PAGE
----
Nominated as part of the Outstanding Design team for The Shaw Festival’s production of Edith Wharton’s long lost play The Shadow of a Doubt, Haui is a multi-hyphenate filmmaker and mixed media artist whose live video work added beauty and depth to the ambitious production.
Do you remember your first experience with theatre?
My initial exposure to theatre occurred in the United Kingdom, where I was born in the southwest of England, in the city of Bath. Bath is renowned for its history, fashion, and theatre, and this is where I was introduced to ballet, theatre, and pantomime at an early age. My uncle, Clive Davis, serves as the chief theatre critic for The London Times, making theatre a significant part of my life from an early age. One of my earliest memories involves performing at the Theatre Royal in Bath, known for being home to the alleged Grey Lady. Since then, I’ve transitioned into directing, designing, and devising my own work for stage and screen.
Do you remember the genesis of your getting involved with The Shadow of a Doubt?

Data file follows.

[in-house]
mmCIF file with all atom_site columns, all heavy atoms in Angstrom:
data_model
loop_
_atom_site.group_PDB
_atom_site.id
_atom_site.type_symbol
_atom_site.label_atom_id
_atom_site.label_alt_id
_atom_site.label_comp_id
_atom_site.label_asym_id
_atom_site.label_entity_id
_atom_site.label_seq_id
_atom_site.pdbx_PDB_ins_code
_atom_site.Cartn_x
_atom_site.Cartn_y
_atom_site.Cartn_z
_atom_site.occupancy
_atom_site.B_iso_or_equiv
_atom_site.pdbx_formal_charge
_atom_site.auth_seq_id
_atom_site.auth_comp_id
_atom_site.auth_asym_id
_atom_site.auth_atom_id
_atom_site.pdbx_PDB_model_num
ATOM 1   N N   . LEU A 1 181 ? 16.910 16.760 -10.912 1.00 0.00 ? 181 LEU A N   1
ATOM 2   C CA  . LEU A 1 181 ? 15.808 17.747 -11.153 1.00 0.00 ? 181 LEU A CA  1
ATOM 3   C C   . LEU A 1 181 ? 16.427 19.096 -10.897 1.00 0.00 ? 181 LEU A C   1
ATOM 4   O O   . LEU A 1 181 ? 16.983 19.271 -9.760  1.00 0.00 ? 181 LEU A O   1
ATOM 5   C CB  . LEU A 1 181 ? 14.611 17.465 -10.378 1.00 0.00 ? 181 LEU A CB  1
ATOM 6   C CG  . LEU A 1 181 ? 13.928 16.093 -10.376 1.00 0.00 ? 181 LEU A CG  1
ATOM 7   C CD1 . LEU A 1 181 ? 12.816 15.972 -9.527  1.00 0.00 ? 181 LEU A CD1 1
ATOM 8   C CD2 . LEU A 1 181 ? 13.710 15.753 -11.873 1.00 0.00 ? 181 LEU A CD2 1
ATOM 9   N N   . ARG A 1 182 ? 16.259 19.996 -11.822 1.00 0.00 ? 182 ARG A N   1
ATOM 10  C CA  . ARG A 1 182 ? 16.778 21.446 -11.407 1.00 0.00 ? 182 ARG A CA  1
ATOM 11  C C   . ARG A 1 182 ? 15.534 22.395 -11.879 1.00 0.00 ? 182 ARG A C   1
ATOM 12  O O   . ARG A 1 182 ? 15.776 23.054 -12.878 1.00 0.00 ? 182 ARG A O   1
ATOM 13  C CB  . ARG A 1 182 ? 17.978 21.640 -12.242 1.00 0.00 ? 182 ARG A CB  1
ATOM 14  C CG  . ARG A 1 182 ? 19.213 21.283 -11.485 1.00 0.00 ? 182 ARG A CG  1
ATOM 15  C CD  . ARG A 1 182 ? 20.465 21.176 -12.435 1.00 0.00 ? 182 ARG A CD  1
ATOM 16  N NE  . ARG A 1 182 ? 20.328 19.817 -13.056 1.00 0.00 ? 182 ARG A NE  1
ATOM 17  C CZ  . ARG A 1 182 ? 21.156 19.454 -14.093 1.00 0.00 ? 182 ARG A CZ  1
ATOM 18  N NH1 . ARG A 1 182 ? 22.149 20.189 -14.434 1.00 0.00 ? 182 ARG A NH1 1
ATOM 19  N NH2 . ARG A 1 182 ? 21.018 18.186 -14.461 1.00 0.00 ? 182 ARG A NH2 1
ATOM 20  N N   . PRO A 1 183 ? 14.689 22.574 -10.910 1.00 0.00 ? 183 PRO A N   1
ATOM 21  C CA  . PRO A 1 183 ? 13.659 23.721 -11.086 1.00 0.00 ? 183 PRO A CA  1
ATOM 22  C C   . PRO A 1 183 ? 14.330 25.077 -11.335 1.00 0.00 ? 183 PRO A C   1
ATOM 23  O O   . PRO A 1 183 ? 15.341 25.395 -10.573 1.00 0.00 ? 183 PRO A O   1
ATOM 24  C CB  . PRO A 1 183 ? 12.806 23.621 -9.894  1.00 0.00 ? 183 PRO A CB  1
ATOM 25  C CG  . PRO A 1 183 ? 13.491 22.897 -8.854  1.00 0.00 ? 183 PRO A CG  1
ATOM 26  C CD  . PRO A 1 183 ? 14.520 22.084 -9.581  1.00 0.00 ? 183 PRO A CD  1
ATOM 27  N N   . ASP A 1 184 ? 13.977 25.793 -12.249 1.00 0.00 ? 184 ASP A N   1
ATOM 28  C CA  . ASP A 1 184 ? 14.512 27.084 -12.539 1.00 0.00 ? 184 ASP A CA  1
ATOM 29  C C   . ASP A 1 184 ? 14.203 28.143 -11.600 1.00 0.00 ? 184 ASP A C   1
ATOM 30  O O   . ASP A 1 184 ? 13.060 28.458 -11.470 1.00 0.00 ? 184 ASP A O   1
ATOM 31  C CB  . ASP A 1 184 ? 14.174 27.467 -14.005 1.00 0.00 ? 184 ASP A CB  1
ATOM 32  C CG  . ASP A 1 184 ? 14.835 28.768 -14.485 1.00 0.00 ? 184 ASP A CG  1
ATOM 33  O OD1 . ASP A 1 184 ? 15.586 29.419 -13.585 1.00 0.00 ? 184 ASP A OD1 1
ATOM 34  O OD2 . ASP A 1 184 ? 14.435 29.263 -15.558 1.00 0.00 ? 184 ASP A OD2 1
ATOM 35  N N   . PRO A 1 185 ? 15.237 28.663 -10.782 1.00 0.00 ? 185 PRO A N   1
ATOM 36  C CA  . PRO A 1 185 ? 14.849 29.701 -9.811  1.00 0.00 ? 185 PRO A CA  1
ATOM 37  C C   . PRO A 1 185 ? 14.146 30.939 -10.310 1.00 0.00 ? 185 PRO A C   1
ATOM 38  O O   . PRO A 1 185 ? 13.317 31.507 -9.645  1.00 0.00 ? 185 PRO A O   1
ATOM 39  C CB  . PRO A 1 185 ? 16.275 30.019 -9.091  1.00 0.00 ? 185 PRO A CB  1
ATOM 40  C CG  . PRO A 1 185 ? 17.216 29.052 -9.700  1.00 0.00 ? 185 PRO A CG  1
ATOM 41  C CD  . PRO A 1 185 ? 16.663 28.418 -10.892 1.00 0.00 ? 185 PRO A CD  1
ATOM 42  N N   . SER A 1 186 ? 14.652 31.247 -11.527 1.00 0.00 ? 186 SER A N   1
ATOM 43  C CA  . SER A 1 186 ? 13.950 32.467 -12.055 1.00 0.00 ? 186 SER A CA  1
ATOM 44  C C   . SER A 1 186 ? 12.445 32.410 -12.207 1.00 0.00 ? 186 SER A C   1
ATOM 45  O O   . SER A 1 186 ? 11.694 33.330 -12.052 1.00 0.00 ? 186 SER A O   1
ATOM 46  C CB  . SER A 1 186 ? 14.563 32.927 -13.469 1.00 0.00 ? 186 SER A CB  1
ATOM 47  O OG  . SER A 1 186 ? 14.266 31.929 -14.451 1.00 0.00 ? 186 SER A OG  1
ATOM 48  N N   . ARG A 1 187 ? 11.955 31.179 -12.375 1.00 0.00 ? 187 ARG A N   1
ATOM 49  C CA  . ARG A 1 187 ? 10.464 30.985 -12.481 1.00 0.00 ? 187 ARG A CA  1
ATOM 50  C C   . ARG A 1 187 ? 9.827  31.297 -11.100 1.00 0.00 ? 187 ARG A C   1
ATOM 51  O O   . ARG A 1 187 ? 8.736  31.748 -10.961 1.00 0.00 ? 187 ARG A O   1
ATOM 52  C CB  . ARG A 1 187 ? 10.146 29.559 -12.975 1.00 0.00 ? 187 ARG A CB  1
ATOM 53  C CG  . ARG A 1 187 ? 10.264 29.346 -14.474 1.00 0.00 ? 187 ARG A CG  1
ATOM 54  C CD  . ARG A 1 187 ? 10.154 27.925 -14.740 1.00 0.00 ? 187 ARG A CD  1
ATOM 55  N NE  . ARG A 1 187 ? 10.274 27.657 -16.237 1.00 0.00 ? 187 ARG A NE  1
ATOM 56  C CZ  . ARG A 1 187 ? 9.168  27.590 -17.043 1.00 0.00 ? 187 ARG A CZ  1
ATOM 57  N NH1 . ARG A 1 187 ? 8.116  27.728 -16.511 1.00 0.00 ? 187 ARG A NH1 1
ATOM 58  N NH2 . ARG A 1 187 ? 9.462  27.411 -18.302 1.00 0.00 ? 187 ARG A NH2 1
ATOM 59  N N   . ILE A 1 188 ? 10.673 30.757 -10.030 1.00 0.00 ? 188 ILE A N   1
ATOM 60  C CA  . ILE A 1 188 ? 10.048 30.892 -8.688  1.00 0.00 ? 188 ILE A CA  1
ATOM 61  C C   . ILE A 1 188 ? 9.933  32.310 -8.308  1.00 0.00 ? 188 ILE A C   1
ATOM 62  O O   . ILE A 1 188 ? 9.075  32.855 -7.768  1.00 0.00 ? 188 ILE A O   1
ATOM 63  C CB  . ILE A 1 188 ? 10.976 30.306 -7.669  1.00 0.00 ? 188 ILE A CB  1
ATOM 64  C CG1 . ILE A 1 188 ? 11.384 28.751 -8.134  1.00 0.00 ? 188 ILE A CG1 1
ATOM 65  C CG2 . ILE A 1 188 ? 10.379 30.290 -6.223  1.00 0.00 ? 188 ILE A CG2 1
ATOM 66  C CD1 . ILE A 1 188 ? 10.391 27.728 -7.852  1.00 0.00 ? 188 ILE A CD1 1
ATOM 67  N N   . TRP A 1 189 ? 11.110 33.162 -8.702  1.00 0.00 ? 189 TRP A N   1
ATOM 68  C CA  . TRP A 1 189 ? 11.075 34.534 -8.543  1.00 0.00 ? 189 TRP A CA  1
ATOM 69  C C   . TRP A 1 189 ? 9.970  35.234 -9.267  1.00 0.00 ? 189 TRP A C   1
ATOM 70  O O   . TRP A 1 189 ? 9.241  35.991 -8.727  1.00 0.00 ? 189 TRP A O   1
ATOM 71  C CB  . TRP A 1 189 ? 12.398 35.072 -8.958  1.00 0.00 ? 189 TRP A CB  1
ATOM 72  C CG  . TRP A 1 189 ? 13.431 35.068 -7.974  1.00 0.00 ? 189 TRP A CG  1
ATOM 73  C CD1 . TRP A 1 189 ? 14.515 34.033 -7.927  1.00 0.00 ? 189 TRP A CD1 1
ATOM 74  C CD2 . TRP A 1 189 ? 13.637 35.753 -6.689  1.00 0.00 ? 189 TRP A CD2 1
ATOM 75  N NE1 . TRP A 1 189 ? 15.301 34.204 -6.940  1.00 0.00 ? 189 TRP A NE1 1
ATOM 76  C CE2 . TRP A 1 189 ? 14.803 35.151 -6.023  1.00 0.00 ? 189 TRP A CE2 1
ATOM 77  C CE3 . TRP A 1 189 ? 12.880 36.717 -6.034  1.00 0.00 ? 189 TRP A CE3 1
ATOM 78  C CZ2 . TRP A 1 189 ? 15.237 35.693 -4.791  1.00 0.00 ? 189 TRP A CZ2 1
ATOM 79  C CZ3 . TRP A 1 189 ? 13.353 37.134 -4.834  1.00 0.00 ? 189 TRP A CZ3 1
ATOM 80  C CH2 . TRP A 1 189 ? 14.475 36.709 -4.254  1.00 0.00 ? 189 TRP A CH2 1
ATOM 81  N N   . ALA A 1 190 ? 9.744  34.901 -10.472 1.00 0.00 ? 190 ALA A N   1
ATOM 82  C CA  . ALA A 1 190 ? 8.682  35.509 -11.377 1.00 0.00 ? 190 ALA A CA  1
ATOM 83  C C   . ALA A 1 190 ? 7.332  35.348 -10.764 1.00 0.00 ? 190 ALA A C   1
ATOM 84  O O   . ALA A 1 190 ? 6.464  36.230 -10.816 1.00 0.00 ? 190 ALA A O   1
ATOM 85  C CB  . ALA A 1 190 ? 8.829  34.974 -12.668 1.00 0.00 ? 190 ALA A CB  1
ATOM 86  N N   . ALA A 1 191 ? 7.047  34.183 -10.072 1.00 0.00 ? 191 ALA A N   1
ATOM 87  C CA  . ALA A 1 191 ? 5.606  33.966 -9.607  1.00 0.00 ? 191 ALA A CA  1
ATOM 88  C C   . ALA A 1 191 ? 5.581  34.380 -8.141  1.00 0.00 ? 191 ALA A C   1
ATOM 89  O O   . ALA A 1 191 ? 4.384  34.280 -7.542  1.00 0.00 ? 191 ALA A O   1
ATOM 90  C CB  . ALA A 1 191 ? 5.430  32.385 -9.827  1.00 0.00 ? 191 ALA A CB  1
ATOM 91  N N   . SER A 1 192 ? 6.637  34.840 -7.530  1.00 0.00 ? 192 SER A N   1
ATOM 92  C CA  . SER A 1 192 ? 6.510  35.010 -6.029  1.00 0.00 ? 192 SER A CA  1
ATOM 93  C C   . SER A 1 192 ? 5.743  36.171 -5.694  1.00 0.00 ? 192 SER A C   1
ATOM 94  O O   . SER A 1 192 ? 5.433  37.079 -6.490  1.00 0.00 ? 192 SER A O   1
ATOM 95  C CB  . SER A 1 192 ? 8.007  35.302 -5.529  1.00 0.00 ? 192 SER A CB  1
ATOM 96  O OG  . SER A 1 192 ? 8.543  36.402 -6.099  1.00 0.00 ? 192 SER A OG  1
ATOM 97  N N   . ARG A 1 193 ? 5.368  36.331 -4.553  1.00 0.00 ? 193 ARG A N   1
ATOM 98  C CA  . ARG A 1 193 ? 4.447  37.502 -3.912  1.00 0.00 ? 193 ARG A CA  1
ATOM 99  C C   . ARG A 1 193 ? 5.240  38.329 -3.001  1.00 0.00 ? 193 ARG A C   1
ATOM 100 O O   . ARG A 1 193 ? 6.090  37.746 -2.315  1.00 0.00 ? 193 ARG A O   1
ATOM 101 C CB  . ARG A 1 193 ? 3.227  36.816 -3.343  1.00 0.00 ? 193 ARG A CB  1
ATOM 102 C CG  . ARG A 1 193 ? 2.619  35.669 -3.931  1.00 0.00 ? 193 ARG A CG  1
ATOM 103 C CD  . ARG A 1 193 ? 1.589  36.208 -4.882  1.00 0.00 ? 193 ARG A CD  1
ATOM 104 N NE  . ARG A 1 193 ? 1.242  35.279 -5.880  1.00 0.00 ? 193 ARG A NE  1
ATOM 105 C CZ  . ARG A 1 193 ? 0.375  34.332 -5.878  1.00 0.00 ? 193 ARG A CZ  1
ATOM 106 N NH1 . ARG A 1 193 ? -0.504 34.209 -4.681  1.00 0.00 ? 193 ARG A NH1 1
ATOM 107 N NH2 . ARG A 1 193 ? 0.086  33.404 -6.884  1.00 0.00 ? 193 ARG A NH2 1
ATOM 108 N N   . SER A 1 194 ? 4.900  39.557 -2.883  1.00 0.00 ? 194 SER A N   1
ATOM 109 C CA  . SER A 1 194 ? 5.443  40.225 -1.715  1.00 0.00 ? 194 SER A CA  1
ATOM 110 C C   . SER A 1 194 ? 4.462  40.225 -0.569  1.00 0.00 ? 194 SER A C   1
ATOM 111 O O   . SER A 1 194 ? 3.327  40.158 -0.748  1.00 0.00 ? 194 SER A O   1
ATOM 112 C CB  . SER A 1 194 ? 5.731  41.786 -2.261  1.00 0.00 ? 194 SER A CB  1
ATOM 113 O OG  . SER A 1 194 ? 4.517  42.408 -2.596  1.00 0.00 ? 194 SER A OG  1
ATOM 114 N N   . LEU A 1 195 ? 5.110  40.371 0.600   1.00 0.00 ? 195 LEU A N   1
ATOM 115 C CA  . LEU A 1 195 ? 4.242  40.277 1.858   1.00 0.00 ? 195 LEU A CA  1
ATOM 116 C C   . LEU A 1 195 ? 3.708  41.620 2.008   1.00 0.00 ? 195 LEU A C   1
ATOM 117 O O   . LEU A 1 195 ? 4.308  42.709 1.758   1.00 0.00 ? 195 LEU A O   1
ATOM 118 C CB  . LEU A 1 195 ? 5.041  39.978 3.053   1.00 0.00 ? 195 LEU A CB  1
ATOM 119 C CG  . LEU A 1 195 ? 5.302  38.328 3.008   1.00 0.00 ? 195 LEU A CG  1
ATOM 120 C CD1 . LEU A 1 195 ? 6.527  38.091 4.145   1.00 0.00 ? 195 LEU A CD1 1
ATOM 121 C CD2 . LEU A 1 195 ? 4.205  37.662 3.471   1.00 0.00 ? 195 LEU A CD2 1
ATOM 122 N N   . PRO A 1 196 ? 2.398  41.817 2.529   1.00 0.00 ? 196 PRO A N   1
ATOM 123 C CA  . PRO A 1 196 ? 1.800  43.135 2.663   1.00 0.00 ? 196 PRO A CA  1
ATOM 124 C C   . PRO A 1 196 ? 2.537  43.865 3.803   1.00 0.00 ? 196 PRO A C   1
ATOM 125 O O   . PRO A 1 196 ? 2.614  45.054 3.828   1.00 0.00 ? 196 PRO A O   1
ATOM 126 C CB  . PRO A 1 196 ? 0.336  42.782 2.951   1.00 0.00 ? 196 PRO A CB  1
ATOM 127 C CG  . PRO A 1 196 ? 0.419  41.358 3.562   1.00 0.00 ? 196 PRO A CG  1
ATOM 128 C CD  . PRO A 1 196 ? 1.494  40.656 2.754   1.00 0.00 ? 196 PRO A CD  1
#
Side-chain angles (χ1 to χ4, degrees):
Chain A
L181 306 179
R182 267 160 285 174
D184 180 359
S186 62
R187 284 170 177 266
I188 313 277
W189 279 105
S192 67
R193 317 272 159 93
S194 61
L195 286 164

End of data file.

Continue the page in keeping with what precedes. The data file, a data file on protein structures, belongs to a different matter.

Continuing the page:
I am fortunate to collaborate with Peter Hinton-Davis, both in life and work. We carefully choose the projects we work on together, and when this opportunity arose, Peter approached me, and I was intrigued.
When Tim Carroll, the artistic director of the Shaw Festival, approached Peter about directing this Edith Wharton piece, numerous discussions ensued—between them and naturally between Peter and me—regarding the responsibility of interpreting a relatively forgotten work by Edith Wharton, rediscovered in 2016 by two scholars. This led us to contemplate the intriguing notion: What would it be like for someone to produce something you may not want read aloud 100 years from now? It’s a provocative idea.
It’s no understatement to say that Peter is a master of mise-en-scène for the stage. His meticulous approach to every dramaturgical detail precedes him. There’s no stone left unturned. He and I shared an interest in juxtaposing Edith’s musings on Victorian England and subverting it by addressing themes of voyeurism and surveillance central to the play. This is how the idea of incorporating video emerged, evolving organically through interior excavation.
Delving into Edith Wharton’s literary work, although initially seeming to have few surface connections, revealed profound critiques of privilege and class. This intrigued me, especially considering my perspective as someone of mixed British and Caribbean heritage. The elite class historically excluded people of colour, prompting me to explore ways to project, highlight, and acknowledge those historically maligned within those spaces. When there are so few female writers of that time, it is worth leaning in and listening to what they have to say.
The live video worked on both thematic and visual levels. Could you walk us through some of the conversations around its purpose within the production?